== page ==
Marcus Keene

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Player of the Week: James Blackmon Jr., Indiana

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This could have been the week where Indiana’s season collapsed.

On Wednesday night, O.G. Anunoby, who is arguably the most irreplaceable player on the Hoosier roster, injured his knee badly enough that he will need surgery and miss the rest of the season. The injury happened in the first half of a game against Penn State. Tom Crean said after the game that the team was crying in the locker room at half time.

The Hoosiers then proceeded to blow a big lead to the Nittany Lions, allowing Penn State to draw even in the final minute of regulation. That’s when Blackmon stepped up. The Hoosier star buried a three at the buzzer to give Indiana the win; a loss in that game could have been the kind of thing that sent Indiana’s season spiraling. The shot wasn’t a morale booster as much as it was a morale saver.

On Saturday, Indiana put together one of their best games of the season despite the fact that they were without Anunoby and Juwan Morgan, who was dealing with a foot injury that has now kept him out of back-to-back games. Blackmon, again, was the star, matching a career-high with 33 points.

Suddenly, Indiana has won four of their last five games and are sitting at 4-3 in the Big Ten standings, just two games out of first place.

In the long term, I don’t know if Indiana is going to be able to play at the level Hoosier fans expect without Anunoby. But in the short term, Saturday was an impressive win in a trying week, and it was Blackmon who stepped up to lead with the Hoosiers needed it the most.

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THEY WERE GOOD, TOO

  • Lauri Markkanen, Arizona: Markkanen, as he has all season long, starred for the Wildcats this weekend, helping No. 14 Arizona keep pace with Oregon at the top of the Pac-12 standings. The Wildcats swept the road leg against the LA schools, as Markkanen went for 23 points in a win over USC and followed that up with 18 points and seven boards in the big win over UCLA.
  • Jonathan Isaac, Florida State: The Seminoles had a massive week, and Isaac was the best player on the floor in both of their wins. Against Notre Dame, Isaac had 15 of his 23 points in the second half, adding 10 boards and a pair of game-saving blocks in the final second, and he followed that up with 16 points and 10 boards as Florida State knocked off Louisville.
  • Ethan Happ, Wisconsin: Happ was pretty good in Wisconsin’s win over Michigan, but he was sensational as the Badgers went into Minneapolis and beat Minnesota in overtime, finishing with 28 points, 12 boards, six assists and five blocks. No one had put up a stat line like that since at least 2010.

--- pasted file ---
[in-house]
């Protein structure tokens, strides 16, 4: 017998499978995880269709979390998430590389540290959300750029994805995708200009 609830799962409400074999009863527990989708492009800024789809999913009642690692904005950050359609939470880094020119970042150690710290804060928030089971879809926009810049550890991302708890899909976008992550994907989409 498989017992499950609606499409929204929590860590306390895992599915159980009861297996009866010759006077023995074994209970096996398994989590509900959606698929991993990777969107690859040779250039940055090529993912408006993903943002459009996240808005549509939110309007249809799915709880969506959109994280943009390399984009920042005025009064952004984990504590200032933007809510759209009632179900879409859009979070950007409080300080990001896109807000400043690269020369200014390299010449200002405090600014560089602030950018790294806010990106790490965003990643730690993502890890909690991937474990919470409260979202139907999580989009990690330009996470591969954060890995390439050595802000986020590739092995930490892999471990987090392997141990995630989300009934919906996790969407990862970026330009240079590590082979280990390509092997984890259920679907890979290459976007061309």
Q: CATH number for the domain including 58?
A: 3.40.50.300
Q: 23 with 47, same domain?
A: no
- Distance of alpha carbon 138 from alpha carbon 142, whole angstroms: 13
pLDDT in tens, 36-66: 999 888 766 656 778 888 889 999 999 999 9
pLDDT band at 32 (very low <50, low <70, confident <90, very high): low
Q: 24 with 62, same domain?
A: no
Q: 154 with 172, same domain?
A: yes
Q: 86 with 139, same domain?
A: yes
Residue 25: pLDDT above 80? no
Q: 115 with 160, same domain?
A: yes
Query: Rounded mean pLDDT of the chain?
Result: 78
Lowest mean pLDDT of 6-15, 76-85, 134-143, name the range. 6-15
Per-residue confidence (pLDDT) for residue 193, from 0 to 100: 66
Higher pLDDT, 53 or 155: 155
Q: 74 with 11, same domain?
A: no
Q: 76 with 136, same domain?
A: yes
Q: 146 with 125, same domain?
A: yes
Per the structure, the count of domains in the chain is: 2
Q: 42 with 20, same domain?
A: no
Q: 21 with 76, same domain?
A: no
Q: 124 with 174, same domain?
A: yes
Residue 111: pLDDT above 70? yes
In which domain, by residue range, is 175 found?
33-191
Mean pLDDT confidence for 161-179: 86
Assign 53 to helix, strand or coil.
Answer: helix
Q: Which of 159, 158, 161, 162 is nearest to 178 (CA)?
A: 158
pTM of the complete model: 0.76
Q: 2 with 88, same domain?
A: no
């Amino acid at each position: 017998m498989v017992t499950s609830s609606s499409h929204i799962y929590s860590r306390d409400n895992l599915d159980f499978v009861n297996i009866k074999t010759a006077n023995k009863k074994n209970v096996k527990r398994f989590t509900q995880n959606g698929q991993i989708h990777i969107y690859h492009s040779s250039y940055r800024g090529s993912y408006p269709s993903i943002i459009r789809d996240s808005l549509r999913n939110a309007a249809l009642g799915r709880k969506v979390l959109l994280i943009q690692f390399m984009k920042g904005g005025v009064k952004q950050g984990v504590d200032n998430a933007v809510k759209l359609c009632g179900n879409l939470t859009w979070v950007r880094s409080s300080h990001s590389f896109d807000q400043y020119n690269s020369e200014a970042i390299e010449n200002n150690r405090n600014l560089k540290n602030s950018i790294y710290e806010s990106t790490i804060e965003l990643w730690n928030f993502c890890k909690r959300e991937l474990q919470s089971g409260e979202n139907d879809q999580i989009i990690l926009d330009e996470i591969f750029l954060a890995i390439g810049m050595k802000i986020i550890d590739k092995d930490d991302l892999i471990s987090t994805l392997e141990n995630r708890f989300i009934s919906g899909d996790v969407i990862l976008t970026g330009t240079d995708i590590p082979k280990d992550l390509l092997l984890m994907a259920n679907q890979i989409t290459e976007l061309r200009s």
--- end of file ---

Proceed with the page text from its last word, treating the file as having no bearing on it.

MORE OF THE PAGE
• Marcus Keene, Central Michigan: Keene became the first player since South Dakota State’s Nate Wolters in 2013 to go for 50 points in a game, scoring 39 of the 50 in the second half of a win over Miami (OH).
  • Shake Milton, SMU: SMU is quietly rolling along at 17-4, a two-point loss at Cincinnati away from being undefeated in the AAC. The Mustangs picked up a pair of wins this week as Milton averaged 25 points, 5.5 assists and 5.0 boards.

Central Michigan lands former Youngstown State guard

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With first team All-MAC guard Chris Fowler due to be a senior next season, accounting for his eventual departure is something that Central Michigan head coach Keno Davis and his staff needed to do. They took a significant step in the right direction Sunday by way of the transfer market, as former Youngstown State guard Marcus Keene will join the CMU program according to Mark Snyder of the Detroit Free-Press.

Keene was Youngstown State’s leading scorer in 2014-15, averaging 15.6 points per game and shooting 44.9 percent from the field and 41.9 percent from beyond the arc. Keene will have to sit out the 2015-16 season per NCAA transfer rules, and he’ll have two seasons of eligibility remaining.

In speaking with Snyder, Keene noted that getting to see CMU up close (the two teams met during the regular season) helped him during the process of deciding where he’d transfer to.

“They play a very up-tempo style of play – that’s my style of play, especially for my size, I’ve got to get up the floor,” said Keene, just 5-foot-11, 160 pounds. “When we played them this year and seen the way they played and went up there for a visit, they showed me how I could fit into their system.”

This situation works out well for Central Michigan, as Keene can spend the upcoming year competing against Fowler and the other guards in practice while also learning a new system. In theory, that should have him prepared to take over in 2016-17. Based upon his numbers at Youngstown State, Keene has the talent needed to hit the ground running when he’s able to suit up.